And when 18-year-old Anas Modamani took his selfie with Angela Merkel shortly after his arrival in Germany, the uppermost thing on his mind was the gratitude he felt towards the compassionate leader who had opened her country’s borders to Syrian refugees looking for a safe place to begin their lives again.
The photo happened by chance when Merkel and a group of politicians and reporters paid a visit on September 10, 2015, to the accommodation in Berlin where Anas and other refugees where being housed as their applications for asylum were being processed.
At the time Anas had only been in Germany for a couple of weeks after making the arduous and oft-times dangerous journey from his besieged hometown of Daraya to Turkey where he took a perilous boat trip to Greece then up through Europe into Germany.
The spontaneous selfie was a beautiful photo of two happy smiling people that Anas would have treasured for himself if not for the fact that it was also captured by someone else.
“I took the selfie because my hobby is taking photos,” he told Lizzie Dearden for an article published by The Independent on January 18. “It was for me, not for other people.”
The teenager’s trouble began when an agency photographer standing nearby also captured the moment then published it on social media later that day.
The photo was swiftly picked up by far-right activists and refugee haters who manufactured their own version of events on social media that accused Anas of terrorism and attempted murder.
Unfortunately the “fake news” went viral within hours and even ended up being broadcast by international media outlets.
Instead of dying down and going away over time, the libelous stories have only evolved and grown bigger like a snowball rolling downhill forcing Anas to file a lawsuit against Facebook in an effort to clear his name.
Anas Modamani’s lawsuit claiming that he has been harmed by the social media giant’s alleged inability to remove the defamatory and distressing posts will be a landmark case says his lawyer, Chan-jo Jun.
Among the many fake stories that were also picked up by Twitter and “websites posing as ‘anti-mainstream media’ news outlets,” said Dearden, is one claiming that Anas was one of the ISIS militants who attacked the Belgian capital of Brussels, another that he was possibly the man who ran a truck through the Christmas market in Berlin last month and yet another that claims he was one of the seven suspects who set a homeless man on fire at a Berlin underground station over Christmas.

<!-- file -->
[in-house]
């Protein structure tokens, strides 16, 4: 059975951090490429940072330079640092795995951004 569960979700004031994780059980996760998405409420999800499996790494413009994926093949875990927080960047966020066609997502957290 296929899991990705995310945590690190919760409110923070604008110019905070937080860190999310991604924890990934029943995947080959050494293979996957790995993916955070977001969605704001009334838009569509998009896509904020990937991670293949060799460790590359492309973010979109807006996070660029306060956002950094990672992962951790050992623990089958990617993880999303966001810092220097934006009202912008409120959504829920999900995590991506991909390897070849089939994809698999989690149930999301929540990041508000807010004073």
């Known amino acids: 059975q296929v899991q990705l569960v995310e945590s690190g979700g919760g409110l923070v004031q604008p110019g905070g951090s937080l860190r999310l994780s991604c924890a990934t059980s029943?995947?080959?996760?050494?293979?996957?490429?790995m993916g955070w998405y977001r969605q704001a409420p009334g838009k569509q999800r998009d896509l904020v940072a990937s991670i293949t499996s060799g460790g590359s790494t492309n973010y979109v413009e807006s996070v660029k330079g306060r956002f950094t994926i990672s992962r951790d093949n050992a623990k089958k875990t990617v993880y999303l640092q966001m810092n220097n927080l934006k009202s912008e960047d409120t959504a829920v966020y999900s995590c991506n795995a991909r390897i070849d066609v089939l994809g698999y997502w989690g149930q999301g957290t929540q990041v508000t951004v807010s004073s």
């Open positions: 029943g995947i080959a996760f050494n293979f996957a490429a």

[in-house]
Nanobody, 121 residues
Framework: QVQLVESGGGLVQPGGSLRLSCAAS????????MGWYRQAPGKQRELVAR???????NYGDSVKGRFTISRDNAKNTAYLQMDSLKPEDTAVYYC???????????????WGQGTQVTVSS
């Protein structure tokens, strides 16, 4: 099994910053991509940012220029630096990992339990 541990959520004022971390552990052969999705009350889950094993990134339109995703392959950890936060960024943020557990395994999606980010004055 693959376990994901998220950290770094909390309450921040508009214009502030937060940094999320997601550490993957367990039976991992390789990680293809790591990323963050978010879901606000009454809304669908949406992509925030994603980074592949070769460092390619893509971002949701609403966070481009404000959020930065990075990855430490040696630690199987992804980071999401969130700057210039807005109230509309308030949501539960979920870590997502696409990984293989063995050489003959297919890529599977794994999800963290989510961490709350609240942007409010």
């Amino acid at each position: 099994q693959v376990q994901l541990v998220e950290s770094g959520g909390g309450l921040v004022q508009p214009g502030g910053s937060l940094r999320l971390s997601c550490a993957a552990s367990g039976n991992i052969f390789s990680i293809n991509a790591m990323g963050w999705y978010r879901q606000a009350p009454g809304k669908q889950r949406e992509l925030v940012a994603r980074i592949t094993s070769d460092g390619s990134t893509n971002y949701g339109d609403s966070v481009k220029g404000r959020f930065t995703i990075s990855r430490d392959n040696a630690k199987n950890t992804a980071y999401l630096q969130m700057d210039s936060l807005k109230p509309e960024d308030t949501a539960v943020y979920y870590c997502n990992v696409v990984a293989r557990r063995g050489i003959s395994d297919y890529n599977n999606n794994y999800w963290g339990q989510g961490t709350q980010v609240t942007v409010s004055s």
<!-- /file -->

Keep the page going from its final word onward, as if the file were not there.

State-owned Russian media joined in the duplicity when it published an article claiming that Anas resembled Brussels bombmaker Najim Laachraoui, under the headline: “Did Merkel take a selfie with Brussels attack suspect?”
Even after the jihadi extremists were identified, Anas was still being viewed by many as a suspect.
The Christmas market massacre resulted in his photo surfacing on social media again superimposed over photos of the wreckage in a mock news story with the headline “They are Merkel’s dead”.
After a homeless man was set on fire in Berlin the selfie was resurrected once more on Facebook in a post that said; “Homeless man set on fire. Merkel took 2015 selfie with one of the perpetrators!”
Anas, who is now 19 years-old, says he only became aware of many of the posts through friends who expressed concerned for his safety and advised him to stay indoors to avoid being attacked.
When the fake stories continued to surface and refused to go away, an activist group that had debunked previous allegations put him in touch with a lawyer.
“I came to Germany because I wanted to live in peace, away from danger,” Anas told Dearden.
“I don’t want anyone to continue using my photo on Facebook. I want to live in peace without any problems.”
The beleaguered teenager, who is now employed and continues to study German, says he still cherishes his selfie with Chancellor Merkel in spite of the trouble it has caused him.
He posted it on Facebook himself along with photos that document the grueling journey that brought him to her country.
His lawyer says that Facebook has a legal responsibility to remove defamatory or discriminatory content that violates German hate crime laws.
“Instead, Facebook has created an environment that allows illegal content to thrive,” Jun told Dearden.
For its part, Facebook execs claim there is no basis for Jun to file an injunction against them since they initially took down one piece of content that “violates Mr Modamani’s right of personality” at his lawyer’s request.
But Dearden reported that a cursory search of the social network revealed that several other posts linking Anas’ photo with the Brussels attacks, as well as the attempted murder of the homeless man in Berlin, still remained
“In this case, I will either demonstrate the legal gaps that are still being closed to effectively enforce German law, or Facebook will learn that it does not pay to constantly violate the law.”
Jun said Facebook’s policies “must change”, claiming malicious posts had remained online because they were initially judged not to have contravened its rules.
Andre Wolf, a member of Austria’s Mimikama group which campaigns against “fake news” and abuse on social media, connected Anas with Jun and says that the young Syrian’s selfie had “brought many negative consequences” through no fault of his own.
“Anas Modamani is ultimately a victim of the hatred, prejudice and falsehoods of people on social networks – one of many,” Wolf told Dearden.
“False and defamatory posts cannot remain unpunished. The internet is not a rights-free zone.”
The case will be heard at the Würzburg District Court on February 6.